Ann Farris says she has high expectations as she starts her new job.

In a meeting with Herald editors on her first day as Killeen’s interim city manager, Farris promised she would operate with integrity and consistency.

Certainly, Killeen’s residents expect and deserve as much.

But residents also deserve a quick transition to a new, permanent city manager — and that may not be forthcoming.

Farris said she envisioned the city “casting a wide net” in searching for a new top administrator, with the entire process taking up to a year.

The city staff has gotten the ball rolling, contacting several municipalities, securing lists of search firms from various entities and drafting a request for proposal to solicit bids from executive search firms. That RFP will be posted for four weeks, after which the staff will make a recommendation to the City Council.

Hopefully, the search firm chosen will produce several qualified candidates with strong backgrounds as city managers —  something Farris readily admits she does not possess.

Indeed, while Farris is a skilled administrator with a long history serving the Killeen Independent School District, her time with the city has been relatively brief. She was hired as the  assistant city manager for internal services in January 2013.

For now, Farris must oversee a staff that has no assistant city managers, as well as several department heads who are used to dealing with former City Manager Glenn Morrison, who retired last week — a significant challenge.

Over the past year, many of the city’s policies and procedures have come under scrutiny by several council members as well as the media — ranging from reporting of budget numbers to transparency of city operations.

During her visit to the Herald, Farris was quick to say that she would consider new ways of looking at things. That’s a welcome statement.

However, many of her answers regarding her commitment to better transparency gave the impression that her administration may lean toward keeping the status quo.

Regarding ongoing Freedom of Information requests, Farris would not offer to facilitate easier access to the requested information, rather suggesting the Herald “just keep doing what you’re doing.”

On the topic of media access to department heads, Farris listened to editors’ concerns that the current process of funneling all information through the city’s public information director is inefficient and cumbersome, but ultimately explained it was city policy.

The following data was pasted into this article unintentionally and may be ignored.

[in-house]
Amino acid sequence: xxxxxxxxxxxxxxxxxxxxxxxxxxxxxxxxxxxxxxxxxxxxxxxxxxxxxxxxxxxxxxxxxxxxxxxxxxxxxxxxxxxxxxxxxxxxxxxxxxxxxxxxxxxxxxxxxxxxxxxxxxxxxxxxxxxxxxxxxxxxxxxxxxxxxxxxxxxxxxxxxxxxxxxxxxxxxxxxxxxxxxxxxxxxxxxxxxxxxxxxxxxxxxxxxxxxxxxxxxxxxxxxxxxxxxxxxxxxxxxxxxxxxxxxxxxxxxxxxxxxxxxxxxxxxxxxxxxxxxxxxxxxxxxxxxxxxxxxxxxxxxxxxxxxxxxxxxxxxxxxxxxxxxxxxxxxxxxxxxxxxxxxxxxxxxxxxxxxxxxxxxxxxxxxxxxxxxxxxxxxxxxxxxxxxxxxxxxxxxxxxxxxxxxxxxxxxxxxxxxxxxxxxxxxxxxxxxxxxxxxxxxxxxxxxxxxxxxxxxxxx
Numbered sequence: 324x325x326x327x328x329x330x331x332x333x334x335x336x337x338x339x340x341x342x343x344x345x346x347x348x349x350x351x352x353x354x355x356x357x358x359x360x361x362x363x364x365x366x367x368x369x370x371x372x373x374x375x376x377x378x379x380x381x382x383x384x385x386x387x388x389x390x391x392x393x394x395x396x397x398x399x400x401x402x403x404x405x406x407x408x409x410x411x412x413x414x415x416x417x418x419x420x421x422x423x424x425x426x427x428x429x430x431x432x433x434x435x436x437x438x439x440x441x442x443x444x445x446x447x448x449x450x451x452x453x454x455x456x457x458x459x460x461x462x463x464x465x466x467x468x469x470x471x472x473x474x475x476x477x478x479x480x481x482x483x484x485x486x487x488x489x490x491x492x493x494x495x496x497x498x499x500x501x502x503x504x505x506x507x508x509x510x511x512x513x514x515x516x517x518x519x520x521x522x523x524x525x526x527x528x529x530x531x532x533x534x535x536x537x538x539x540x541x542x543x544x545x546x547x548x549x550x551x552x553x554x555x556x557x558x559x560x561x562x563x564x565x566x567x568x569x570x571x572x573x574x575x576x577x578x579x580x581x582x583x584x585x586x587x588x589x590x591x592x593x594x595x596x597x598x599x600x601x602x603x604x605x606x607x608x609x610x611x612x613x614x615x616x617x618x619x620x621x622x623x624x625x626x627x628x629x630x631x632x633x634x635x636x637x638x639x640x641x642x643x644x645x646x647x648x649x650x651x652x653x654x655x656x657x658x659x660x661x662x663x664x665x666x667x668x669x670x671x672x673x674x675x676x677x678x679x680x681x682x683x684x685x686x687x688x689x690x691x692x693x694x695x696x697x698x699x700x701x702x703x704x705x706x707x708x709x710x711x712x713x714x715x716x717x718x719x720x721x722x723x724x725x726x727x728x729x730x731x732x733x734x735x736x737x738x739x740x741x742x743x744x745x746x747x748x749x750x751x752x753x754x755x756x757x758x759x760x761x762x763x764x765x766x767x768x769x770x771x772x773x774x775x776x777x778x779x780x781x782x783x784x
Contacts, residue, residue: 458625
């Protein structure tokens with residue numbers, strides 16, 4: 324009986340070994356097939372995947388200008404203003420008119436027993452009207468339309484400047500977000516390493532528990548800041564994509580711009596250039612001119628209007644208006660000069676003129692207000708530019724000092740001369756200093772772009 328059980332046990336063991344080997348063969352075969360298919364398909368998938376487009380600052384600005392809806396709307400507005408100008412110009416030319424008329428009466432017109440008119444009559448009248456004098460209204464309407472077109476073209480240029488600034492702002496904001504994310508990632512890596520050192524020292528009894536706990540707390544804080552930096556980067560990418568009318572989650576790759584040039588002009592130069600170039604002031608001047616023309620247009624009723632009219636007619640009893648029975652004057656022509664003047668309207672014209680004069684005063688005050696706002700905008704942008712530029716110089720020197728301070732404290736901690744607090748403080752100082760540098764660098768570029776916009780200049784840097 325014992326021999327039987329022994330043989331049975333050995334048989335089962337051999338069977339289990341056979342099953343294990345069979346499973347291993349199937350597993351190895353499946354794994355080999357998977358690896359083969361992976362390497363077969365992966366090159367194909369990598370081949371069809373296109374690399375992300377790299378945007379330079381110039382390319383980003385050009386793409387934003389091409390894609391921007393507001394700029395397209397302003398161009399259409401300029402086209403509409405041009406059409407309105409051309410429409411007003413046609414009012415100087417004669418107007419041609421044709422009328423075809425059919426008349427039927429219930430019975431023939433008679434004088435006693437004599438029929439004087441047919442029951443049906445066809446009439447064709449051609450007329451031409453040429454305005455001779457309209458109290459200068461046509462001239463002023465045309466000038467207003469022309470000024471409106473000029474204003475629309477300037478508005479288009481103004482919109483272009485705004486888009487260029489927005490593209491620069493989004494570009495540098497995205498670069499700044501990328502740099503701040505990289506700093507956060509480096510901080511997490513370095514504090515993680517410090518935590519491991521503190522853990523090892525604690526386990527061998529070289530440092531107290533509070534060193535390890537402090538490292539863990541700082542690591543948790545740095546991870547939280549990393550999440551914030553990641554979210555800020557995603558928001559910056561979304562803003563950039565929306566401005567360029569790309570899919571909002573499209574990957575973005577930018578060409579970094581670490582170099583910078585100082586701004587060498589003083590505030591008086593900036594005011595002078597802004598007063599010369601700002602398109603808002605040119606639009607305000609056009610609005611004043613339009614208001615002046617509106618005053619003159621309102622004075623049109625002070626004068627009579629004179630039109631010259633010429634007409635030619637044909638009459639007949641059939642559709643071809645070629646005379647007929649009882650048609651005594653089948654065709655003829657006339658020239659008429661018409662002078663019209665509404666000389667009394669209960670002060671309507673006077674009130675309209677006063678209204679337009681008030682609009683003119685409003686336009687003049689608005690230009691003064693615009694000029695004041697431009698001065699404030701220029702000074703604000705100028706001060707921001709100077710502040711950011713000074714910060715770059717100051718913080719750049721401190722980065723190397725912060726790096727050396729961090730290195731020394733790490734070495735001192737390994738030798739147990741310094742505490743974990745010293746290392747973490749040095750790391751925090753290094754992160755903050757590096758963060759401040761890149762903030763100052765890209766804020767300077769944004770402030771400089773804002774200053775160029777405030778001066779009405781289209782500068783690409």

True, but that policy — which Farris characterized as the result of a “circle the wagons mentality” — was instituted by the previous city manager and can just as easily be revised or rescinded by the current top administrator.

Farris said she is not seeking the city manager’s post on a permanent basis. The lifelong area resident noted she does not live inside the city limits, as required under the city charter. Asked if her residency is the only reason she won’t seek the post, she replied, “It’s the best reason.”

Residency aside, Farris wouldn’t appear to be a good fit for the position, long-term, because of her lack of experience in the area of finance, though she oversaw the city’s finance department in her ACM position.

Finally, Farris acknowledged that being “from here” has its pluses and minuses.

Indeed, while extensive familiarity with Killeen has significant value, it also serves as a reminder of the insider network that has governed the city in the past and led to many of the current problems.

Prior to accepting the assistant city manager job, Farris taught a leadership course at Texas A&M University-Central Texas. She said she applied for the city job to put those leadership skills to work — skills that will be tested in the coming months.

Hopefully, Farris will lead the city with integrity and openness during her tenure.

But ultimately, Killeen will need new leadership — and a new direction — if the city is to thrive.

Contact Dave Miller at dmiller@kdhnews.com or (254) 501-7543

(3) comments

Alvin

This is the personal opinion of this writer.
Copy: 'Farris said she envisioned the city “casting a wide net” in searching for a new top administrator, with the entire process taking up to a year.
The city staff has gotten the ball rolling, contacting several municipalities, securing lists of search firms from various entities and drafting a request for proposal to solicit bids from executive search firms. That RFP will be posted for four weeks, after which the staff will make a recommendation to the City Council.